simple summertime drinking vinegars
BY AMY PENNINGTON
Several summers ago I stayed on my friend Lynda’s farm in the Methow Valley. As expected in eastern Washington, the long summer days saw temperatures climbing and without air conditioning (we were on a farm, after all) we suffered through the stifling heat by moving slowly and wearing sun hats. In the evenings, we would sit on the porch and sip yuzu vinegar with a splash of sparkling water and a glass full of ice. It was Lynda’s trick for keeping cool and while the first sip was bracing, the second was nothing short of refreshing. An addiction was born.
Trendy bartenders across the country are turning to similar drinking vinegars, or shrubs, to add that special splash of flavor in their cocktails. Shrubs are not a new creation, and were used in colonial America as a way to preserve quick-spoiling fruit. Lacking proper refrigeration, fruit turned quickly. Adding vinegar to the fruit solved the crisis and was a means of preservation, as vinegar is high in acid and prevents mold and bacteria from forming.
At home, there are no limitations to what can be combined and preserved safely, so shrubs are a great way to experiment with preserving. Be sure to choose a high acid percentage (5%) in the vinegar you use, which assures stability. I prefer softer and sweeter vinegars: apple cider or champagne work well with many fruits and vegetables.
As an added bonus, shrubs are alcohol-free, and thus are a festive option for anyone who does not drink alcohol. You can add a spoonful to make juice more complex, or go straight for the sparkling water and make a brightly colored fizzy drink.
Strawberry Vinegar Fizz
Makes about 1 cup | start to finish: 2 hours
This drinking vinegar screams spring and smells like strawberries fresh from the field. The acid from the vinegar and sweetness from the strawberries wakes up the palate without being offensive. You must be careful to strain all of the fruit pulp out of your final vinegar, lest you have unsightly bits floating in your beverage. Try this with sparkling water or amp it up by topping off a few spoonfuls with champagne. It can also be used as salad vinaigrette–perfect tossed with toasted almonds and spinach leaves.
3 cups hulled and chopped strawberries (about 1 1/2 pounds whole berries)
2/3 cup champagne vinegar
Combine chopped strawberries and sugar and stir to combine. Let macerate for at least one hour, or let sit overnight, stirring occasionally and making sure all the sugar dissolves. Using a blender, blend the strawberries along with the macerating juices into a smooth puree, about 4 minutes. Do this by starting on the “chop” speed and working up to “puree”. Pour through a fine mesh strainer to remove seeds and pulp. Do this several times until the puree is very smooth and does not contain any flesh from the fruit. Stir in champagne vinegar and store in a glass jar in the refrigerator, where it will keep for several months.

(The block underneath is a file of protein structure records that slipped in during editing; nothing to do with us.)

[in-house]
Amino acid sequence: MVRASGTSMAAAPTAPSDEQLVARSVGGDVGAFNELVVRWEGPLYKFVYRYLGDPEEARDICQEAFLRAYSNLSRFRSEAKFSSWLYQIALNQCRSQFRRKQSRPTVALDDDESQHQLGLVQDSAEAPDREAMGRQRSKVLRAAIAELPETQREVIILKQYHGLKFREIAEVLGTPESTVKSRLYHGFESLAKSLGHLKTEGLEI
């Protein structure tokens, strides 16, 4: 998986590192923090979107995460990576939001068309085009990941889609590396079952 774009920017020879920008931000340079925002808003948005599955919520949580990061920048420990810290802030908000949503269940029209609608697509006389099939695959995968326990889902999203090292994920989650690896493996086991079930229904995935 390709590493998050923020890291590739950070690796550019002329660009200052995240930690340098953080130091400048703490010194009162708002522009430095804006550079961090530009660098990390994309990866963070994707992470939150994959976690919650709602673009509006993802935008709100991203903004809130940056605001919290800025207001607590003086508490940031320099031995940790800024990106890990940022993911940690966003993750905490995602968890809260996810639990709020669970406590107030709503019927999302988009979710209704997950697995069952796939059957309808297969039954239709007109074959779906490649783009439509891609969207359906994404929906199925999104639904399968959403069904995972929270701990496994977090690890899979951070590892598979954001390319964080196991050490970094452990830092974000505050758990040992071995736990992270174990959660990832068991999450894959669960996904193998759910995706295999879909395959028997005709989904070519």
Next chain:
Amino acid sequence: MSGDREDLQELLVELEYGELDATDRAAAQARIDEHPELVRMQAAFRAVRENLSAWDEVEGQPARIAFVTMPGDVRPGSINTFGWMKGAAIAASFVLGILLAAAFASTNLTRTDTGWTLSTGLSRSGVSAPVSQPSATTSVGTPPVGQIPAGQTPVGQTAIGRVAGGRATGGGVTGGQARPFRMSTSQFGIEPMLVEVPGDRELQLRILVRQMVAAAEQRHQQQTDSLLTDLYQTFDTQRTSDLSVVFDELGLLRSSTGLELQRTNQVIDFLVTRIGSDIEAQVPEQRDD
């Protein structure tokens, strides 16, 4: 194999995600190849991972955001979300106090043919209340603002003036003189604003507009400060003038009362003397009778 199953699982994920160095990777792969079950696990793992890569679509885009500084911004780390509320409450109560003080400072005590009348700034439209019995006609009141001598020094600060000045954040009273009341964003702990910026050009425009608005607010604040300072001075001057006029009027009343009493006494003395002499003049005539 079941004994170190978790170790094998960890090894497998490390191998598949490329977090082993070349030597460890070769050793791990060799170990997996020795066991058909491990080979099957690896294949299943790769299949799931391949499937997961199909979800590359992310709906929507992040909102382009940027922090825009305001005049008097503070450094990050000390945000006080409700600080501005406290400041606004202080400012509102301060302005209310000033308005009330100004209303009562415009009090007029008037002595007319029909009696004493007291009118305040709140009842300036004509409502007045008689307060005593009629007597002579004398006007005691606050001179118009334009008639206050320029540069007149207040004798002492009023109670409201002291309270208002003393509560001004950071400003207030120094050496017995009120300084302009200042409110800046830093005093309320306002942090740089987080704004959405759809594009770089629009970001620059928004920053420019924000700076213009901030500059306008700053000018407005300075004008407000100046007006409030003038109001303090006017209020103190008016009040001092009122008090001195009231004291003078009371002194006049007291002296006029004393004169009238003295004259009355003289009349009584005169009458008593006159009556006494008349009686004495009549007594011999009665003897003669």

To serve, fill glasses with ice and add one or two tablespoons of strawberry vinegar. Pour seltzer over, filling the glass and stir to combine. This drink makes an excellent adult beverage, too. Add one ounce of gin per glass (Aviation or Bainbridge Organic gins are exceptional) or top off the shrub with champagne instead of sparkling water.
washed jars | store in fridge
Red Beet & Rose Drinking Vinegar
Makes about 4 cups | start to finish: 1 hours
I developed this recipe based solely on the principle that beets are vibrantly colored and saturate anything they come in contact with. Additionally, the flavor of beets is quite earthy and subtle—appealing without being overwhelming. The addition of rose geranium leaves creates a floral note and softens the vinegar perfectly. Rose geranium is becoming more and more popular at plant sales. Keep your eyes peeled this year and pick up a start so you’ll always have access to the flavor. Or feel free to add a few drops of rose geranium essential oil to your vinegar. A word of caution, however; a little goes a long way so start small and build flavor to your taste.
6 medium beets, diced yielding about 2 cups
4 cups apple cider vinegar
5 – 10 large rose geranium leaves
1 1/2 cups sugar
In a medium sauce pan, heat beets, vinegar and rose geranium leaves over medium-high heat. Bring to a gentle boil and cook another ten minutes. Add sugar and stir until dissolved. Remove the pan from the heat and let cool to room temperature.
When the beets are cool, strain them and the rose geranium leaves from the vinegar and pour into a glass jar and cover. (You can reserve the beets for a salad.) Place the drinking vinegar in the fridge, where it will keep for several months.
To serve, add approximately two tablespoons of vinegar to a glass and filled with ice. Fill with seltzer water or champagne and garnish with a sprig or petal of rose geranium.
washed jars | store in fridge